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Inside Politics
Inside Politics

One politician's change of opinion prompts changes

By Bill Schneider
CNN Political Unit

New York
Brooklyn (New York)
Capital Punishment

BROOKLYN, New York (CNN) -- A committee vote in the New York state assembly this week -- and the impact.

The committee voted not to reinstate the death penalty in New York, at least for the foreseeable future.

Brooklyn Assemblyman Joe Lentol led the effort, which was a surprise because Lentol had voted to restore New York's death penalty 10 years ago.

Even though his father, Assemblyman Edward Lentol, had sponsored that bill that first abolished New York's death penalty back in 1965.

What changed? Violent crime rates have gone down sharply since 1994, all over the country.

But not one person has been executed in New York since 1995.

In fact, U.S. public support for the death penalty has gone down with the crime rate since 1994.

Lentol's committee held public hearings all over New York State.

"My mind hadn't completely changed until -- and it probably did change -- during the course of the hearings," Lentol said. "Hearing arguments that I heard all my life from my dad being reinforced by considerable number of people who were law professors, police officers, ordinary citizens, doctors -- people who expressed their views on the death penalty."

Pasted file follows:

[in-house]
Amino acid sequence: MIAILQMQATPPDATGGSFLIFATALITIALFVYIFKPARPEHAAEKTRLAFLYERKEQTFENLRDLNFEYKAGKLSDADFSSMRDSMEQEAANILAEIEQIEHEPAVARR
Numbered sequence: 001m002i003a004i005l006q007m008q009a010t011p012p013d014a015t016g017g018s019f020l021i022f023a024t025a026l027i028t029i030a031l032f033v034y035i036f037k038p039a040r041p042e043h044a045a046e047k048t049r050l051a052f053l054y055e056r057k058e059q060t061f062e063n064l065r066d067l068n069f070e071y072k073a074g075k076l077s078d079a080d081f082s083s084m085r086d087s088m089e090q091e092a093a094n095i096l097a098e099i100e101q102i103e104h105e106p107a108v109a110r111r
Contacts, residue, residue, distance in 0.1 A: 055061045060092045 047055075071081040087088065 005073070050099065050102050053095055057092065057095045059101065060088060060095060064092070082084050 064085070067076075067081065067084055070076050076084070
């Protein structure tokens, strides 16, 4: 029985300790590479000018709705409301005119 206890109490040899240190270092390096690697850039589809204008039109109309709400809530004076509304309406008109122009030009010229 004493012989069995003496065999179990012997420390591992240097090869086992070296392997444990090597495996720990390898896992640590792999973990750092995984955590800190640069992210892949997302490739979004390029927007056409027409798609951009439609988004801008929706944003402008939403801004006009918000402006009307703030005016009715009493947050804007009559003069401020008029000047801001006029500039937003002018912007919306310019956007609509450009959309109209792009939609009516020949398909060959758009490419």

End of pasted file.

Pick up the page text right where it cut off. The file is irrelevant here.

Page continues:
Lentol was also influenced by another figure he once met who changed his mind about capital punishment.

"John Paul II said, 'No, that's not good enough. In all instances capital punishment is not OK.' He changed his mind, so I changed mine."

Assemblyman Lentol closed the circle this week, with a historic vote switch.

"Maybe my father got it right," Lentol said. "You know, sometimes you grow up, you don't know that. You think you're the smart one and you realize that your parents ain't so dumb after all. And maybe they taught us something we ought to have learned earlier on."

Like the political Play of the Week.

How can a politician switch positions? Well, times change. Realities change.

But the values of faith and family endure. And they mean something -- especially here in Brooklyn.

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